Patricia-Pia Célérier is Professor of French and Francophone Studies, affiliated with the Africana Studies and International Studies programs at Vassar College. In FFS, she teaches language and French and Francophone literatures at all levels as well as courses on contemporary France, bandes dessinées, the documentary, and courses pertaining to francophone aesthetics and politics. She has chaired FFS and directed the Vassar Wesleyan Program in Paris, for three years respectively. She enjoys advising first-year students as well as students “correlating” and majoring in FFS, AS, and IS, and JYA candidates. She currently serves on the Committee on Curricular Policies (CCP) as well as the Africana Studies and the International Studies steering committees.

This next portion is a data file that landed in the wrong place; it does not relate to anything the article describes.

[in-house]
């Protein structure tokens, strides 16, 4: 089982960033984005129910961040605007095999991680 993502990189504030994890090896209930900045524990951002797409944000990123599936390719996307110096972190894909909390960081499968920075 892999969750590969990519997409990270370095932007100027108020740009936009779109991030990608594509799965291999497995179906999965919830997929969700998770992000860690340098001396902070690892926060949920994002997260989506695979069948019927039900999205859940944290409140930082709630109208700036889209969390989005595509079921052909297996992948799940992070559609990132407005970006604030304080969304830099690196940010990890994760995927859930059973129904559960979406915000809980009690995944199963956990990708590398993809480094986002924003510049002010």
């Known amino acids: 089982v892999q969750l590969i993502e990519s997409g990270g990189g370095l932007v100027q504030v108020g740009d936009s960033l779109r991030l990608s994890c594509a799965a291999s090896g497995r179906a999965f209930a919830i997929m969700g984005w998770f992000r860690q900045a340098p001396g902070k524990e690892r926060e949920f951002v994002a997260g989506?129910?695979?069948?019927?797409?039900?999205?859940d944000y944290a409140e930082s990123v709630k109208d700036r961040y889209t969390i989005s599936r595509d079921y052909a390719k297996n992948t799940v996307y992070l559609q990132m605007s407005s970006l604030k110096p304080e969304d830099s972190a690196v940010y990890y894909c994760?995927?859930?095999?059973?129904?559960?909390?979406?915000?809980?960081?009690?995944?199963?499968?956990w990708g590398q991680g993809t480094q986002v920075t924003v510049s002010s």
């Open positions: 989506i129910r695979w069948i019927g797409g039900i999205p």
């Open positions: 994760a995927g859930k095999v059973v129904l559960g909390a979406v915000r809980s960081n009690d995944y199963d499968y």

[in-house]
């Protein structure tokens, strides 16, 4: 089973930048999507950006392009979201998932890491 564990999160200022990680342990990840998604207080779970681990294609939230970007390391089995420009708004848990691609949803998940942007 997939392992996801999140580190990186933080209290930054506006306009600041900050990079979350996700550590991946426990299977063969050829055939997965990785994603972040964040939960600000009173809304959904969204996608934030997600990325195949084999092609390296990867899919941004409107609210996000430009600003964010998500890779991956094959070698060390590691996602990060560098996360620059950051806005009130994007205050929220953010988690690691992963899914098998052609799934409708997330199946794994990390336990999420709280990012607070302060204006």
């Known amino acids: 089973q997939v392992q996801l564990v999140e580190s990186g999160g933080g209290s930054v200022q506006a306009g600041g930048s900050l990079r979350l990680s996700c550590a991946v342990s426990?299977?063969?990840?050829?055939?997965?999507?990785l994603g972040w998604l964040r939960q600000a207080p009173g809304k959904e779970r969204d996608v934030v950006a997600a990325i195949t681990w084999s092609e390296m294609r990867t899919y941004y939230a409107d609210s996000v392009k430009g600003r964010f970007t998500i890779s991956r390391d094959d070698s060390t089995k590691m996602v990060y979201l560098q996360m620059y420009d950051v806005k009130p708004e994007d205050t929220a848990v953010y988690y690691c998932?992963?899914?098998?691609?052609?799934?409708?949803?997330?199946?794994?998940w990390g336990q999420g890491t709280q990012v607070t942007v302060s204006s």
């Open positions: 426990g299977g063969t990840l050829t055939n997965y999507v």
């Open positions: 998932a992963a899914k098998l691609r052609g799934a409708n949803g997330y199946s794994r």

Her research focuses on contemporary African literatures and cultures, literatures of the Indian Ocean, their diasporas, and the francophone documentary. She has written on a range of authors including Mongo Beti, Sony Labou Tansi, Emmanuel Dongala, Aminata Sow Fall, Tierno Monenembo, Alain Mabanckou, Michèle Rakotoson, Raharimanana, and Bessora. Her publications include “Le Sanglot de l’homme noir (2012) d’Alain Mabanckou: une nouvelle lecture de l’Atlantique Noire?”, “Raharimanana: Dialogues entre l’écrit et le visuel,” “Bessora: De la gaulologie contre l’impéritie,” as well as interviews of such intellectuals as Henri Alleg. She co-authored Contemporary Francophone African Writers and The Burden of Commitment (Virginia University Press, 2011) with Odile Cazenave (Boston University). Her recent work includes a co-edition of, and critical introduction to “Vingt ans après le génocide des Tutsi au Rwanda: regards sur la production artistique” (Présence Francophone 85, 2015), also with O. Cazenave. Her latest projects include several articles, at different stages of publication and writing: “Ecopoétiques malgaches: Michèle Rakotoson et Raharimanana”, “Les Limites du transnational chez Nathacha Appanah”, “Diasporic Wanderings: The Poetics of Tierno Monenembo,” “La Question documentaire: Même pas mal (2012) de Nadia El Fani,” “The Documentary as Epistemology: Jean-Pierre Bekolo’s Les Mots et les choses de Mudimbe (2014)” as well as a book manuscript on the contemporary conceptualizations of francophone African diasporic literatures.